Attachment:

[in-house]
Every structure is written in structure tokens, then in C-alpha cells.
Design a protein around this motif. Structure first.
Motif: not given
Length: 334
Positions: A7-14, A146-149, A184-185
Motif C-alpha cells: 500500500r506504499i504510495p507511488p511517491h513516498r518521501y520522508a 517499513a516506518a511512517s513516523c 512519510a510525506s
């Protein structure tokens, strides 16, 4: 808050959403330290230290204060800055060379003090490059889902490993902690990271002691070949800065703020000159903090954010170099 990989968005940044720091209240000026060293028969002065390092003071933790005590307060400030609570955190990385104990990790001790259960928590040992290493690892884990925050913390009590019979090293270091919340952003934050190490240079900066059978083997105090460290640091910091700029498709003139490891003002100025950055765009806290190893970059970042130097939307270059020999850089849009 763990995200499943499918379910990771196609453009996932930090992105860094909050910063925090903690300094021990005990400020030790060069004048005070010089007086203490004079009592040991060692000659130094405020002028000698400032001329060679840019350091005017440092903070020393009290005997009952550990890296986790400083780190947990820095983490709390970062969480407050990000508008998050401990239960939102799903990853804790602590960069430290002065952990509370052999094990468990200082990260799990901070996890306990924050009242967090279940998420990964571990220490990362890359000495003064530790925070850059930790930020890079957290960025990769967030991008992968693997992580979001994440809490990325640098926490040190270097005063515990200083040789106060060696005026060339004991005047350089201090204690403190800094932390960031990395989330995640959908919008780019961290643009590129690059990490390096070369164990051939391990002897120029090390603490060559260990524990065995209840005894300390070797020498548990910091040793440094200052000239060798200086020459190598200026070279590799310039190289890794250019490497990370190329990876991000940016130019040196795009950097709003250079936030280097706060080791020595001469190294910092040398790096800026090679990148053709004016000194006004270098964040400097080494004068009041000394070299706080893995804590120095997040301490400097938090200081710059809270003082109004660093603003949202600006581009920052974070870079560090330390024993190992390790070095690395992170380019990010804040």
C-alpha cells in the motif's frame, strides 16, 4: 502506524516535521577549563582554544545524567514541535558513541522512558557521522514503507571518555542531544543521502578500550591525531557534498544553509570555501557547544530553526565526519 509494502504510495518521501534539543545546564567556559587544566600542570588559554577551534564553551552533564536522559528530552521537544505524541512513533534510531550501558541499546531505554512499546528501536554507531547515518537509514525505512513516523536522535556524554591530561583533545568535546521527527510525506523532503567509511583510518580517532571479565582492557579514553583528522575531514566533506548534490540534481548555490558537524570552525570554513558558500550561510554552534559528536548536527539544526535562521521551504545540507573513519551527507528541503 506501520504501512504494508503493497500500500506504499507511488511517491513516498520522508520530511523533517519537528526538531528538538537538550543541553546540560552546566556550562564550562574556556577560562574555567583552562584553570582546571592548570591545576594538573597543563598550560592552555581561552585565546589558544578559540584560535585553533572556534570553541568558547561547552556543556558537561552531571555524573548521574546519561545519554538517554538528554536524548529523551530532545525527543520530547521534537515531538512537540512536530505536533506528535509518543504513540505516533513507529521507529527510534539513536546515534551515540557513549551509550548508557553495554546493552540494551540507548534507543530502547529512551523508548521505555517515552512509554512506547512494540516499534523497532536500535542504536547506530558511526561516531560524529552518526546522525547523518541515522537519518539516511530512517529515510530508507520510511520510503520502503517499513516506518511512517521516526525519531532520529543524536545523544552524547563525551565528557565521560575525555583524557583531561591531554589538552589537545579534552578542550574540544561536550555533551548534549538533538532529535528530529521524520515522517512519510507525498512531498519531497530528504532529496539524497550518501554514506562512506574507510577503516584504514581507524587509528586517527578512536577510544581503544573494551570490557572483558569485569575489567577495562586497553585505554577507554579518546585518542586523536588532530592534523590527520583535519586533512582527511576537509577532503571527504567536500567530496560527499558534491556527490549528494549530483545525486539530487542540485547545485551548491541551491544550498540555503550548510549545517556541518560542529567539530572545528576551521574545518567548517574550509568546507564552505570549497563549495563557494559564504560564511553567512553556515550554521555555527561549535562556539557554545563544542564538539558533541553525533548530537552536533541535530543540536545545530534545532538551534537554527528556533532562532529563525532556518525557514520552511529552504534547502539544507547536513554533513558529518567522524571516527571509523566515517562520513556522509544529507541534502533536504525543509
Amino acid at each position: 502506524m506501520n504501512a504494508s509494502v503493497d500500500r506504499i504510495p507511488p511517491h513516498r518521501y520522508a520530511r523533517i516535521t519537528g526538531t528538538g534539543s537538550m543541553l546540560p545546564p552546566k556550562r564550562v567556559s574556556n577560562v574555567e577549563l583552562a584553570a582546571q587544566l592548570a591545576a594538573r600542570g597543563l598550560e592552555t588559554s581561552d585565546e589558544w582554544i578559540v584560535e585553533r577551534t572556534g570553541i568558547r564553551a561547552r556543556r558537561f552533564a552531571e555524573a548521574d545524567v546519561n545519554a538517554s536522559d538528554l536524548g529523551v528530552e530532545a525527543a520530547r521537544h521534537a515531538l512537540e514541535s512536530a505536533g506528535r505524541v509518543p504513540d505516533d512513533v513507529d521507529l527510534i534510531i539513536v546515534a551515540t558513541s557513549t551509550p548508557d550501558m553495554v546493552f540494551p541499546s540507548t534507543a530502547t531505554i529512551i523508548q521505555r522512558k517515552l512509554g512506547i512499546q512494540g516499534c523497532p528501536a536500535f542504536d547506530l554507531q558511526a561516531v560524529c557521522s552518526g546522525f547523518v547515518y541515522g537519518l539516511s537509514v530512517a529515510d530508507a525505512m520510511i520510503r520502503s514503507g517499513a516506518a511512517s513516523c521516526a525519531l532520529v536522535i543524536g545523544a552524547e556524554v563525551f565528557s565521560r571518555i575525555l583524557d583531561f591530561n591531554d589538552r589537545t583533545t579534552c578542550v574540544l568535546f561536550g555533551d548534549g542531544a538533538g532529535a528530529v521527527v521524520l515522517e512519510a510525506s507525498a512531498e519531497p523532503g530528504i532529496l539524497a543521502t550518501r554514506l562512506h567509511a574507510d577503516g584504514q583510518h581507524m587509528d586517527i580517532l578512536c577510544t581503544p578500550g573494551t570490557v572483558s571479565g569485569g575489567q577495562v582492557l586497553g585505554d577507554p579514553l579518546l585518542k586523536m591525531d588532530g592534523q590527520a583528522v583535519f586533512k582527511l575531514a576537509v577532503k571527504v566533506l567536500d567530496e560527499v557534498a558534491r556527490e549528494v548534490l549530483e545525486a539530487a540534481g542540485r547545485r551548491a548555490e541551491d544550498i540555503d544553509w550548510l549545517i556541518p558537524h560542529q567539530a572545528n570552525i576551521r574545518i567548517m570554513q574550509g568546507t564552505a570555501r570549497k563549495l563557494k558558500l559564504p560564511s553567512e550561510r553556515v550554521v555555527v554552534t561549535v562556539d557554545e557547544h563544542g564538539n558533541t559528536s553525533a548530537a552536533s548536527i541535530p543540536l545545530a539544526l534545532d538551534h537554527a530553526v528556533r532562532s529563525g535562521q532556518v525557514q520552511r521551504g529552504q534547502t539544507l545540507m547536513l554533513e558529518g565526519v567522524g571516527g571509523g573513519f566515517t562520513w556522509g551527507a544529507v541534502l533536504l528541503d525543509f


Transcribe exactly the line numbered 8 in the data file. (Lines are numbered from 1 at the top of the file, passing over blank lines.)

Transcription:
């Protein structure tokens, strides 16, 4: 808050959403330290230290204060800055060379003090490059889902490993902690990271002691070949800065703020000159903090954010170099 990989968005940044720091209240000026060293028969002065390092003071933790005590307060400030609570955190990385104990990790001790259960928590040992290493690892884990925050913390009590019979090293270091919340952003934050190490240079900066059978083997105090460290640091910091700029498709003139490891003002100025950055765009806290190893970059970042130097939307270059020999850089849009 763990995200499943499918379910990771196609453009996932930090992105860094909050910063925090903690300094021990005990400020030790060069004048005070010089007086203490004079009592040991060692000659130094405020002028000698400032001329060679840019350091005017440092903070020393009290005997009952550990890296986790400083780190947990820095983490709390970062969480407050990000508008998050401990239960939102799903990853804790602590960069430290002065952990509370052999094990468990200082990260799990901070996890306990924050009242967090279940998420990964571990220490990362890359000495003064530790925070850059930790930020890079957290960025990769967030991008992968693997992580979001994440809490990325640098926490040190270097005063515990200083040789106060060696005026060339004991005047350089201090204690403190800094932390960031990395989330995640959908919008780019961290643009590129690059990490390096070369164990051939391990002897120029090390603490060559260990524990065995209840005894300390070797020498548990910091040793440094200052000239060798200086020459190598200026070279590799310039190289890794250019490497990370190329990876991000940016130019040196795009950097709003250079936030280097706060080791020595001469190294910092040398790096800026090679990148053709004016000194006004270098964040400097080494004068009041000394070299706080893995804590120095997040301490400097938090200081710059809270003082109004660093603003949202600006581009920052974070870079560090330390024993190992390790070095690395992170380019990010804040």